Ed Hartz is a milkman with a mission. He wants to “revolutionize the food distribution system” by taking us back to the days when milkmen delivered local dairy products to our doors. Even if you don’t remember pulling glass milk bottles from a galvanized container stationed by the back porch door, it’s likely you can picture the image. Ed’s goal is to turn that image into reality and revive the tradition of the milkman in Fairfield County. With a truck painted like a Holstein, he has aptly named his new business The Milkman Company, and he is working to spread the word that the Milkman is back and better than ever with deliveries of milk (including raw milk), eggs, cheese, yogurt, meats and other farm fresh products.
When I asked Ed why anyone would need a milkman these days, when many of us are in grocery stores multiple times during the week, his answer was quick and direct. “Because you can’t get what I have at the grocery store. My products are fresher, healthier and taste better than anything at the store. And, you save a trip to the store, where you’ll probably end up buying more than you need. By ordering from the Milkman Company, you are supporting local farm families and providing the freshest, healthiest products to your family.”
Ed Hartz is a no nonsense guy who speaks frankly and passionately about the importance of sustainable agriculture and going back to a safer, cleaner, more traditional way of sourcing our food. After years working in investment banking and owning his own business, Ed was determined to do something “that makes a positive difference and helps others.” His lifelong interest in nutrition led him to look more closely at the local food movement and at the realities of commercial farming. “I realized that animals that don’t get out of the barn and are loaded with antibiotics can’t be the best option. Being the Milkman, allows me to give people a choice and affect positive change in a real down to earth manner; to help others and my own family with good work, from good work.
To ensure the quality of the products he carries, Ed spent the last year establishing relationships with a few select family farms in Connecticut and the Hudson Valley that use sustainable agricultural practices. These methods do not harm the environment, treat animals with respect, are humane for workers, support the local community and ultimately raise and produce food that is healthy for consumers. The Milkman Company only sells products from farms that adhere to a sustainable agricultural model.
One of those farms is Ronny Brook Farm in Ancramdale, New York, a family dairy that began operating in 1941. Ronny Brook raises their own cows and produces all their dairy products on premise. They haven’t introduced a new cow into their herd in more than 10 years, nourish the herd with feed grown almost exclusively on their land, and graze the cows for 3 seasons (only 10-12% of the cows on America’s farms are grazed at all). The USDA has determined that pasture fed cows produce milk with 5 times the level of conjugated linoleic acid (CLA), an anti-carcinogen, than cows that are confined. Ronny Brook uses no artificial growth hormones, and their milk is low temperature pasteurized, which keeps it safe but not over-processed. By contrast, organic milk sold at supermarkets is often ultra pasteurized at high temperatures, giving it a longer shelf life, but destroying beneficial enzymes and bacteria.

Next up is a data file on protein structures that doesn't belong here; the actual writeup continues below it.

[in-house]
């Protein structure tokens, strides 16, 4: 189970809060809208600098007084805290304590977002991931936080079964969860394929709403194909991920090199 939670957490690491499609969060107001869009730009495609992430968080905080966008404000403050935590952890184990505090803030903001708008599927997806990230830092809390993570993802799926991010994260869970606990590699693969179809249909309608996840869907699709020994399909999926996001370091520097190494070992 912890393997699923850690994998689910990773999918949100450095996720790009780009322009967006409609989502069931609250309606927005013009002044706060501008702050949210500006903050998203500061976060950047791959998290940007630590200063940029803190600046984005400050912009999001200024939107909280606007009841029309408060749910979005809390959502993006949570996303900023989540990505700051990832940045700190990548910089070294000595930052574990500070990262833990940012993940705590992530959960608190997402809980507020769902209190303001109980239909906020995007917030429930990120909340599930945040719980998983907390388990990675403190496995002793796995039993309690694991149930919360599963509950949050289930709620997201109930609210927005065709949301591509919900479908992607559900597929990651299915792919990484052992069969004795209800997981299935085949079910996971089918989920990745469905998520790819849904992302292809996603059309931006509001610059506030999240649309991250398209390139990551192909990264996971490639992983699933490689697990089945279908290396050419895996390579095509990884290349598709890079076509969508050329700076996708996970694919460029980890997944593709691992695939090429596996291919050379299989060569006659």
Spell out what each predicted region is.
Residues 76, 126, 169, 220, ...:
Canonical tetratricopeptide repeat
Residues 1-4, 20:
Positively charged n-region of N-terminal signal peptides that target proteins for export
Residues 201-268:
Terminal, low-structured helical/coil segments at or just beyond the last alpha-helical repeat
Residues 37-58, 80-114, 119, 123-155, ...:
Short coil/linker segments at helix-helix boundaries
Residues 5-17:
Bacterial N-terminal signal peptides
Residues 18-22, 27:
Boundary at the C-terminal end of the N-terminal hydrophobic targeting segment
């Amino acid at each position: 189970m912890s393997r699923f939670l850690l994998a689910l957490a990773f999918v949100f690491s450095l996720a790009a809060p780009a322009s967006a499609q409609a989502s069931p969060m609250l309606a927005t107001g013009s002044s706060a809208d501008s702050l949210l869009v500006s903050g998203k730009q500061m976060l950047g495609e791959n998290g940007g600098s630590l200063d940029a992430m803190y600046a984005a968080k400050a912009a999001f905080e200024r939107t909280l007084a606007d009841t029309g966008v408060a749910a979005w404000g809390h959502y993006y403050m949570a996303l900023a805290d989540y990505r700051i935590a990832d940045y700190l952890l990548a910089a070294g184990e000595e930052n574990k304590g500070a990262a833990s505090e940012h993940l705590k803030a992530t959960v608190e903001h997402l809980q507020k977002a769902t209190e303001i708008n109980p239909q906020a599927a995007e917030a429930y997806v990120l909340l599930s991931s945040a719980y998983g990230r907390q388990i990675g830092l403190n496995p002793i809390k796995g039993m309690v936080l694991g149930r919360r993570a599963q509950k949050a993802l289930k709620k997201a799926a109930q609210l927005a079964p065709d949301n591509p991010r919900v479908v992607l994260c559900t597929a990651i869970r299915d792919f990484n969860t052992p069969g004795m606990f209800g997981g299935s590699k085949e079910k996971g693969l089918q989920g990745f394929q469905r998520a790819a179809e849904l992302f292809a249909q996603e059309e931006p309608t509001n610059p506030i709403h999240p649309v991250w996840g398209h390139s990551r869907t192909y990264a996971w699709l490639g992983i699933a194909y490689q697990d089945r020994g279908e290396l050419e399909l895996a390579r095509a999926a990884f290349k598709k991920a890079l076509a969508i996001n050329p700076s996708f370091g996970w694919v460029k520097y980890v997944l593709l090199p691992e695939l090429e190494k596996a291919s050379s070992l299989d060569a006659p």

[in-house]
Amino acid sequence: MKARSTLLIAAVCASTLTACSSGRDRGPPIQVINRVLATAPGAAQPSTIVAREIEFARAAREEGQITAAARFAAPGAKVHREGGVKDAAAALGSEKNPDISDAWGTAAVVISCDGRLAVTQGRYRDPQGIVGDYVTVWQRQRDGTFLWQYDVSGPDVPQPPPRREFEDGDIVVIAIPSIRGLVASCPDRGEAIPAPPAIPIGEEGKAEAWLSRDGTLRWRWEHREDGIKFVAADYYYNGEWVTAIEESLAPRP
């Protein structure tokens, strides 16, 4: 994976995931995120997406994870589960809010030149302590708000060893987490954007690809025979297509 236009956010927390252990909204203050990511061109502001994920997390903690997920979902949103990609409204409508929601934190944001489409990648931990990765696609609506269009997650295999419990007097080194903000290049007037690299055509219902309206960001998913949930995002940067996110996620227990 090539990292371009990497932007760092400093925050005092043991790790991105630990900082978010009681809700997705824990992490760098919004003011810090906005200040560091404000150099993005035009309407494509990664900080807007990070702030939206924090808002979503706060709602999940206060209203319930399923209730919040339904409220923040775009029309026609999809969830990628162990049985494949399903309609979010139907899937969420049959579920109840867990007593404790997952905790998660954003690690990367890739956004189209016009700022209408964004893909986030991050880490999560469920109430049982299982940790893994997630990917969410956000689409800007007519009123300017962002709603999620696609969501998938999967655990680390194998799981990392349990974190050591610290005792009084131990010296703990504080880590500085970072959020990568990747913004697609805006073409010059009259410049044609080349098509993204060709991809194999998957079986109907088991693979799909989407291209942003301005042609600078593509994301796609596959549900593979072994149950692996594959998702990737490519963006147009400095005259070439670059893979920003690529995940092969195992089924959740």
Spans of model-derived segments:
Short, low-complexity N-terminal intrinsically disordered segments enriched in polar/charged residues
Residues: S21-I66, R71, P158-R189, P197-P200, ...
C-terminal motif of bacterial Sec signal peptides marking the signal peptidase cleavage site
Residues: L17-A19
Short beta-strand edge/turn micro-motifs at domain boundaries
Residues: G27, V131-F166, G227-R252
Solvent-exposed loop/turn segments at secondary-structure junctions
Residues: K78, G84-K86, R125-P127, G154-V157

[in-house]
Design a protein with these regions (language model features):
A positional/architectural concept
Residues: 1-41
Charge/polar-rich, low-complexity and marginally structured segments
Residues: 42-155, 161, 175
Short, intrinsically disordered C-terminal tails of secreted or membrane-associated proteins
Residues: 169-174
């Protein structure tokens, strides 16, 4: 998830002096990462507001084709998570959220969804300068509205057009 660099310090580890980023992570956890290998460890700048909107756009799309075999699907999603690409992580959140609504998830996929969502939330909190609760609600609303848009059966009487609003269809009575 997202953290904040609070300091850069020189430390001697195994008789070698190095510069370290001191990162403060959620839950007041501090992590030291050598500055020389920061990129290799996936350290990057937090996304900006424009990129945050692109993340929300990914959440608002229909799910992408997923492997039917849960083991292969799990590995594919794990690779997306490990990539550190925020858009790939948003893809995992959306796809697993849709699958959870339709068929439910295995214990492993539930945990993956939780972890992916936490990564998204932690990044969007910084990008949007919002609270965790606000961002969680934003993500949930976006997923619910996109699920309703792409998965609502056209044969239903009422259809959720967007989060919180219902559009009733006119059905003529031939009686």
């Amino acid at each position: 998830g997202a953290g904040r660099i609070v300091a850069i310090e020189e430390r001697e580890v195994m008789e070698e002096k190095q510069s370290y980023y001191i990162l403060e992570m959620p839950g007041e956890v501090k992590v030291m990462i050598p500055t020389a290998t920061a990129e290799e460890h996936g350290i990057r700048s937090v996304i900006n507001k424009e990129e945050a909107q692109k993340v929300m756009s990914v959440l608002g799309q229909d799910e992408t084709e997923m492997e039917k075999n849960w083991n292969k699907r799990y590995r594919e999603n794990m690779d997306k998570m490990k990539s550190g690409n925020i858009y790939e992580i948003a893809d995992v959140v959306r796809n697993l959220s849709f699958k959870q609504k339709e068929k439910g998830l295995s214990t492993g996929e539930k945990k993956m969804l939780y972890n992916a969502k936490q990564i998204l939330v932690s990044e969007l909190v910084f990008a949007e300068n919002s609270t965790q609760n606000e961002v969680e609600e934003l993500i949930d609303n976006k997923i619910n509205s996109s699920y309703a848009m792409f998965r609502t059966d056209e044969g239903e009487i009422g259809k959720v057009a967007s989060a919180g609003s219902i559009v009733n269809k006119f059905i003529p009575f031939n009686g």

While the idea of a milkman may seem anachronistic, The Milkman Company’s timing may be right on target. The National Restaurant Association’s annual Chef Survey identified locally sourced meats, locally grown produce and sustainability as the top 3 trends for 2011. According to the survey, “Locally sourced food and a focus on sustainability is not just popular among certain segments of consumers anymore; it has become more mainstream.” In fact, milkmen and other home delivery services providing local products are thriving in communities in New York City, Westchester County, Virginia, the Berkshires and beyond.
So, what will The Milkman bring to your door? Milk, of course, including raw, 1% and 2%, whole, skim and chocolate, as well as heavy cream and half and half. Also in the dairy category, drinkable yogurt from Ronny Brook and Millborne Farms – which were so good my daughter and I fought over them, flavored and plain yogurts, eggs, cheese and butter. You can also order bread from Fairfield Bread Company and Wave Hill Bread, BoraBora Fruit Juices from the Hudson Valley, local meats including beef, bacon and sausage, as well as packaged meats from Nodine’s Smokehouse – a Mario Batali favorite.
The Milkman Company, based in Newtown, is a new service and is currently building a customer base in Fairfield, with hopes to expand throughout Fairfield County. Ed owns one truck, but envisions a day when he has 10 – 20 milkmen delivering farm fresh dairy and meat products to our doors. He applauds other companies around the country who have thriving home delivery services and locally salutes Deb Marsden of CT Farm Fresh Express for her work in connecting consumers to local farmers. Of his work, Ed says, “I hope more people copy the idea; it’d be my contribution to mankind.”
The Milkman Company, Ed Hartz, 203-426-7141; www.themilkmancompany.com